Want To Have Lucid Dreams? A New Study Shows How You Can Boost Your Ability To Control Your Dreams

Have you ever wondered if there are ways you can take control of your dreams and enjoy a night of lucid dreaming? If so, a new study conducted has ways of helping you do just that.

A previous study conducted in 2014 at the University of Lincoln in the UK showed that those who have lucid dreams may have better abilities than others when it comes to creative problem-solving and other cognitive tasks, as The Australian reported in an article that was originally published in the Wall Street Journal. The study also showed possible mental health benefits along with a better performance when it comes to solving puzzles.

In 2011 a German study was undertaken which showed that 51 percent of the participants had enjoyed a lucid dream at least one time during their life, and this number was found to be higher among women according to an abstract of the study available through the US National Library of Medicine National Institutes of Health.

If you have never had a lucid dream before or would like to boost your ability to have more, a group of scientists at the University of Adelaide in Australia has conducted a new study which suggests different ways that you can take control of your dreams, according to ScienceAlert.

A new study at the University of Adelaide in Australia gives tips for lucid dreaming.
A new study at the University of Adelaide in Australia gives tips for lucid dreaming. [Image by General Photographic Agency/Getty Images]

Studies in the past have shown that there are several methods you can use in your waking hours to prepare yourself ahead of time to have a lucid dream and the latest study at the University of Adelaide tested this on 169 participants to see how well some of these methods actually worked.

One of the methods that was tested involved study participants taking stock of reality around them during their waking hours. The idea behind this is that if you’re in a constant state of awareness during the day, the logic follows that you might also question the reality of your dreams when you’re in the middle of them, thus alerting your brain to the fact that you’re dreaming at which point your dream will transition to a lucid one.

Another method practiced in this study had participants wake up after five hours of solid sleep and remain awake for a little while before drifting off to sleep again, hopefully inducing a dream state immediately in which a lucid dream would occur.

The final technique used for trying to bring about a lucid dream is called MILD, otherwise known as a mnemonic induction of lucid dreams. Test subjects repeated a mantra like “the next time I’m dreaming, I will remember that I’m dreaming.” With just eight percent of the group having lucid dreams during the first week of testing and before trying out the three techniques, the numbers rapidly shot up in the following weeks with some of these methods.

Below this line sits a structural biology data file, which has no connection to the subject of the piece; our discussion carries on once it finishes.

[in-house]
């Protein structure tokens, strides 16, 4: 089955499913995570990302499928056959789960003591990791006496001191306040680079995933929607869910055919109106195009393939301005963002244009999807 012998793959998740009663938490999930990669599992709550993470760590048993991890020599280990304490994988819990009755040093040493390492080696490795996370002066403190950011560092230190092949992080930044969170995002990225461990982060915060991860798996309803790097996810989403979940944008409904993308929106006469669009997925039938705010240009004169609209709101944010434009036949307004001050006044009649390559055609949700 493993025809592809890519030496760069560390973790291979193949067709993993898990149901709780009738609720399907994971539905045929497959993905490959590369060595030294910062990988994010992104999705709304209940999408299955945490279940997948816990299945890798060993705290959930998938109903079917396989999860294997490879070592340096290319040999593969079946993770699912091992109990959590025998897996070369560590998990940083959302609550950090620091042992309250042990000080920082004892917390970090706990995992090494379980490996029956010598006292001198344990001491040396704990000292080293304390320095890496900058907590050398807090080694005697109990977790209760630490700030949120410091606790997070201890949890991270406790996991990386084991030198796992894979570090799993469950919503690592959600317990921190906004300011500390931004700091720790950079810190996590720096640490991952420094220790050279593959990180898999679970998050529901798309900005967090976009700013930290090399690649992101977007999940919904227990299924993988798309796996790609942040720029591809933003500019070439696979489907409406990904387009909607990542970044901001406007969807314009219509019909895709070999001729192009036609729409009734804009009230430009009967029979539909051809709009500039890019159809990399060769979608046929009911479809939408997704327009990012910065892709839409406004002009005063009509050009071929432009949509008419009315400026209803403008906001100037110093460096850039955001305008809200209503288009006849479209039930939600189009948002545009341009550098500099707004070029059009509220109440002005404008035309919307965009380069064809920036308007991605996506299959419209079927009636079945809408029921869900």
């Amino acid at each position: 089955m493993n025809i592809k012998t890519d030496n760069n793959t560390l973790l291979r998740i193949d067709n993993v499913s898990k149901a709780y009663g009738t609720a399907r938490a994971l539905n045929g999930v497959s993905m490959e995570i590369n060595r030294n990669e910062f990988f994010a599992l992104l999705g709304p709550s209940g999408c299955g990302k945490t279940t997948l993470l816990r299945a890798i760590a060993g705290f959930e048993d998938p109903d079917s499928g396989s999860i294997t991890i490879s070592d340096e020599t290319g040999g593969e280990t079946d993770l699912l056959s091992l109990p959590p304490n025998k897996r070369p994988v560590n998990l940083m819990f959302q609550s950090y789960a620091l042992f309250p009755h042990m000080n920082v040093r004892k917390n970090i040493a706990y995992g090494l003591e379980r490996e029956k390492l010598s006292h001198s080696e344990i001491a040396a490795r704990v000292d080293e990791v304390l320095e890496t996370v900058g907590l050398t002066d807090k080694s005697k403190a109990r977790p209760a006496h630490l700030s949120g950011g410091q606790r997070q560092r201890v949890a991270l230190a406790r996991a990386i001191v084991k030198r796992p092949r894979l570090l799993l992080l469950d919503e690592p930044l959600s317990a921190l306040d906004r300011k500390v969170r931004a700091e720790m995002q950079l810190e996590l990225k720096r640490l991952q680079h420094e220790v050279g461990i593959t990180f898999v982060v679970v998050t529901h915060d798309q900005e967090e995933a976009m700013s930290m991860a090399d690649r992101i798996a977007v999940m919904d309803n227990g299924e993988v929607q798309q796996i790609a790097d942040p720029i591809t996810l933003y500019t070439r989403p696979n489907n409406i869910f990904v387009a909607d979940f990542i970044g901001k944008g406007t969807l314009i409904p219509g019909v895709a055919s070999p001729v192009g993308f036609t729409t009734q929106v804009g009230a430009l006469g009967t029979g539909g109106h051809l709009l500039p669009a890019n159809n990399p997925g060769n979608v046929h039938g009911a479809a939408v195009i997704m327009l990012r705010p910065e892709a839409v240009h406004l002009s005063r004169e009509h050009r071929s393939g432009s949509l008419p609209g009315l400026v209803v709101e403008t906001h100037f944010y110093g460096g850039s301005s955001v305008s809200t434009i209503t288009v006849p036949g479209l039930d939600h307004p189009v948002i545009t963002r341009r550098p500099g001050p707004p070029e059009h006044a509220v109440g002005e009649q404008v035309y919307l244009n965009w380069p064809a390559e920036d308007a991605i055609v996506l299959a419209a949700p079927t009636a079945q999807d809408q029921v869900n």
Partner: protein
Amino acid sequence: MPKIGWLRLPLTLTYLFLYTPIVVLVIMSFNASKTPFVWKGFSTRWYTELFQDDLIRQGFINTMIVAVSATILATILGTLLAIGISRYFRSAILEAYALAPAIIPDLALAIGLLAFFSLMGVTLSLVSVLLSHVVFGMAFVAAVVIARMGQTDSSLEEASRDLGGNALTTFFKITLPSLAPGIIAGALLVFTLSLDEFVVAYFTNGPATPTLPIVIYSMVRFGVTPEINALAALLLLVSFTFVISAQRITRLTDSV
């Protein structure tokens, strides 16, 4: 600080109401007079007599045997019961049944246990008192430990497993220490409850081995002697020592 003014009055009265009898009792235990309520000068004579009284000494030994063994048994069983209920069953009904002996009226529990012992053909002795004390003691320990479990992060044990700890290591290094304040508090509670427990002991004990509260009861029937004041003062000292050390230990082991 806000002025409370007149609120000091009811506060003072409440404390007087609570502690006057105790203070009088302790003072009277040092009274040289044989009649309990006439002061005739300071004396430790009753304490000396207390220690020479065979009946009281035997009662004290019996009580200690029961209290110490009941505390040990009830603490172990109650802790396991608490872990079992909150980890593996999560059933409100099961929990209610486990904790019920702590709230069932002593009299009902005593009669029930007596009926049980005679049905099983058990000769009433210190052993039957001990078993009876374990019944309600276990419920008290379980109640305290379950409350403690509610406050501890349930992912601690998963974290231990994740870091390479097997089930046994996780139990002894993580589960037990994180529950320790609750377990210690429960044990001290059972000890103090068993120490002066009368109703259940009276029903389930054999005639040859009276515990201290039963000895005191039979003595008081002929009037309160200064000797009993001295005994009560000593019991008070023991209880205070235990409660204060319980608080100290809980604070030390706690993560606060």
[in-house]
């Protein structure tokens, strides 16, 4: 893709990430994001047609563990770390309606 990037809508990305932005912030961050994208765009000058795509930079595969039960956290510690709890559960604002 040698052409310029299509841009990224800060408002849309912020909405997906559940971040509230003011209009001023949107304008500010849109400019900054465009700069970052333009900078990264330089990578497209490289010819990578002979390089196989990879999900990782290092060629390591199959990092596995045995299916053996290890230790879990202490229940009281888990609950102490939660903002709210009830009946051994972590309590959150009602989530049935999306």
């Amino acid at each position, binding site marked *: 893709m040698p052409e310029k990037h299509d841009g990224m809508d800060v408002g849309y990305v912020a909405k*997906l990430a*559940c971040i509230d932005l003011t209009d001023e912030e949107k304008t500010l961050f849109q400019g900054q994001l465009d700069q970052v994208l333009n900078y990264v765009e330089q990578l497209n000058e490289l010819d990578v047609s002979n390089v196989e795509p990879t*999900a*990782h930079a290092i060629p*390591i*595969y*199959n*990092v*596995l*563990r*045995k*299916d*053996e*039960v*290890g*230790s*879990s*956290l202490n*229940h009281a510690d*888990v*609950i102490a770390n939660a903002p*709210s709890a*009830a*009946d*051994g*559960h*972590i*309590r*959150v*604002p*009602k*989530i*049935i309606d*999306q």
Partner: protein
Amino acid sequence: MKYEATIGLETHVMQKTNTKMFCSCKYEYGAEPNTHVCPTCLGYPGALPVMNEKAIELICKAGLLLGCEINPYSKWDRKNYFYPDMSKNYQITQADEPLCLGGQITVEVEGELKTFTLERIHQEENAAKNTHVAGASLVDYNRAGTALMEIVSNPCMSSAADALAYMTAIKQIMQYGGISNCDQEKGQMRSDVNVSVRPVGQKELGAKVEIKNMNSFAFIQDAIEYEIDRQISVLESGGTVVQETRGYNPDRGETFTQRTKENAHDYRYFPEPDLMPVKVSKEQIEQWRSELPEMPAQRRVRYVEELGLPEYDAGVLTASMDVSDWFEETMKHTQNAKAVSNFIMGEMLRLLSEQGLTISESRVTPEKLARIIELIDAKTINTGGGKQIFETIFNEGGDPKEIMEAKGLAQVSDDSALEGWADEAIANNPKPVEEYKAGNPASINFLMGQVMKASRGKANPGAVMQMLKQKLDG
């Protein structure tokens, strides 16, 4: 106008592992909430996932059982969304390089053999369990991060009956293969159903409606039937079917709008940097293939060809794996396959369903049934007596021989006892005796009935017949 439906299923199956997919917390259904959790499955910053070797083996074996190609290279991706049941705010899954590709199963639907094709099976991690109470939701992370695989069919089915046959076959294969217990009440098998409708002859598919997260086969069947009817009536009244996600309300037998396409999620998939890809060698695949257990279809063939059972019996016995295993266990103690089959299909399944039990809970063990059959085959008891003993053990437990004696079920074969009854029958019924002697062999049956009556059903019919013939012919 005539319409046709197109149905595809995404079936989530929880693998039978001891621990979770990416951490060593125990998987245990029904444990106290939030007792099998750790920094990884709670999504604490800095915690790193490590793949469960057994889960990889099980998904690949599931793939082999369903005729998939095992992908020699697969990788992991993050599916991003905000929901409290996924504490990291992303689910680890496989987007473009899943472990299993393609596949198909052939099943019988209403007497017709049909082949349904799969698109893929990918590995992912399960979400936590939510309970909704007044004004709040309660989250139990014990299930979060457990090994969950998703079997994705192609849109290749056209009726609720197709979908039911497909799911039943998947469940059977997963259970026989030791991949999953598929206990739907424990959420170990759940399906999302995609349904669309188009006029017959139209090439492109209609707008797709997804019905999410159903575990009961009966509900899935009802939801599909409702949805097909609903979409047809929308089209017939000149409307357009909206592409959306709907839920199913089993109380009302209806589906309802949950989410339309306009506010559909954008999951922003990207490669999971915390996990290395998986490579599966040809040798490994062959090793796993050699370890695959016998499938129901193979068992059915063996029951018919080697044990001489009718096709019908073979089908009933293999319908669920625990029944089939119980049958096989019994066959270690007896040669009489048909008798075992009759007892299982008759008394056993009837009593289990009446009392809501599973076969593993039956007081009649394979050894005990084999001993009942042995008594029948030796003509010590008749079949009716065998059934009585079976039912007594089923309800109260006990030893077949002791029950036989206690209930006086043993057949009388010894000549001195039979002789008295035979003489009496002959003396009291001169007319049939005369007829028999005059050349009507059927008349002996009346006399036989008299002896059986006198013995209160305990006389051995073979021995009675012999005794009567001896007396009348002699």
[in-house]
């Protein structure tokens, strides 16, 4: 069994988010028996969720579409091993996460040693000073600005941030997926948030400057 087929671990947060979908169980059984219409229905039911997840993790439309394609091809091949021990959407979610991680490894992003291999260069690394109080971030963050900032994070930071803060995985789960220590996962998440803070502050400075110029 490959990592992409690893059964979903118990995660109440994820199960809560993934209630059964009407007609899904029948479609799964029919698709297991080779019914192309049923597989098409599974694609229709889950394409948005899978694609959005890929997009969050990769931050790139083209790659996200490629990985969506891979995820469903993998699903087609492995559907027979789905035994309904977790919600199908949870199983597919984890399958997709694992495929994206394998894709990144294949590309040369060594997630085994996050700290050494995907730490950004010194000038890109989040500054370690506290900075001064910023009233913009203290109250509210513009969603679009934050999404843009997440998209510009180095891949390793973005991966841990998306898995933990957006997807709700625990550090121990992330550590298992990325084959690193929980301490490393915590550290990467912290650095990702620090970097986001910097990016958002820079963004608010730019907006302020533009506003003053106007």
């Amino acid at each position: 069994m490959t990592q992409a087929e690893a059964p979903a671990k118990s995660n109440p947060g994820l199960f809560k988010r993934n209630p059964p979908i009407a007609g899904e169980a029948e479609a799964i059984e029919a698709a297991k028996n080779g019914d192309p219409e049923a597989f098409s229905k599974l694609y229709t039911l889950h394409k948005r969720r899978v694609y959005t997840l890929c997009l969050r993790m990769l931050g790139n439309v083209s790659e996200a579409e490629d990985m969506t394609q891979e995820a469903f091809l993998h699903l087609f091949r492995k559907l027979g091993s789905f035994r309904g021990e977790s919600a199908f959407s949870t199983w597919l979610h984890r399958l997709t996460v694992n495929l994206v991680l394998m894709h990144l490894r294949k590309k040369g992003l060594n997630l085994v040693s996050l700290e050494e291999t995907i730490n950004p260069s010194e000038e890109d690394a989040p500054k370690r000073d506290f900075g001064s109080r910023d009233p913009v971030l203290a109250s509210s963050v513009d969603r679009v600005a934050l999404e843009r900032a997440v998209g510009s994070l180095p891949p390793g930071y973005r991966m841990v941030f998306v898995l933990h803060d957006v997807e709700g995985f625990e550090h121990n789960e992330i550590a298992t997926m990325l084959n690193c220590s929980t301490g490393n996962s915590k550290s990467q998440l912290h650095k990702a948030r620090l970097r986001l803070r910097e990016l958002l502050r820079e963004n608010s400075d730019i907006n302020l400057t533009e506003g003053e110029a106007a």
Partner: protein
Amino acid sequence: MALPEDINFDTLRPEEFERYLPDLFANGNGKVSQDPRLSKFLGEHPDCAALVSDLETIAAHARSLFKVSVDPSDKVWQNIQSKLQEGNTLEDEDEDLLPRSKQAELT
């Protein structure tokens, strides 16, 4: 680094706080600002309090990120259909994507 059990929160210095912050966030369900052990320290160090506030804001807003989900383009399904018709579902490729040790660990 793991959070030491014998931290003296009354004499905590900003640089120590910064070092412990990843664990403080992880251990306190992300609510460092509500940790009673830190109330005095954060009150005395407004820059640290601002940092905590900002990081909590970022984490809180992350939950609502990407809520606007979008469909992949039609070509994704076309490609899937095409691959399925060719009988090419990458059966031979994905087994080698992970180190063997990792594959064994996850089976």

For study participants who awoke from sleep and went back to sleep within five minutes and also practiced the mnemonic induction technique, 46 percent of these had lucid dreams. MILD is especially helpful as you are telling yourself that you will remember you’re dreaming just moments before heading into a dream, thus boosting your chances of a lucid dream occurring.

Denholm Aspy, one of the researchers on this study, explained that the mnemonic induction technique puts the intention of a lucid dream into your mind, thus in many cases causing that reality to happen.

“The MILD technique works on what we call ‘prospective memory’ – that is, your ability to remember to do things in the future. By repeating a phrase that you will remember you’re dreaming, it forms an intention in your mind that you will, in fact, remember that you are dreaming, leading to a lucid dream.”

Using the mnemonic induction technique can boost your changes of having a lucid dream.
Using the mnemonic induction technique can boost your changes of having a lucid dream. [Image by Kevin Frayer/Getty Images]

Out of the three techniques practiced, the one that worked the least was the one in which participants assessed reality around them while awake. According to Denholm Aspy, studies such as these aim to make it easier to fall into lucid dreams, and lucid dreams, in turn, are believed to be extremely beneficial in a myriad of ways, many of which are now becoming known.

“These results take us one step closer to developing highly effective lucid dream induction techniques that will allow us to study the many potential benefits of lucid dreaming, such as treatment for nightmares and improvement of physical skills and abilities through rehearsal in the lucid dream environment.”

Now that the latest study on lucid dreaming by the University of Adelaide in Australia shows that the most effective method currently known for inducing a lucid dream is practicing the mnemonic induction technique, get your mantra ready and make sure you repeat it often, especially right before falling asleep at night.

[Featured Image by Sean Gallup/Getty Images]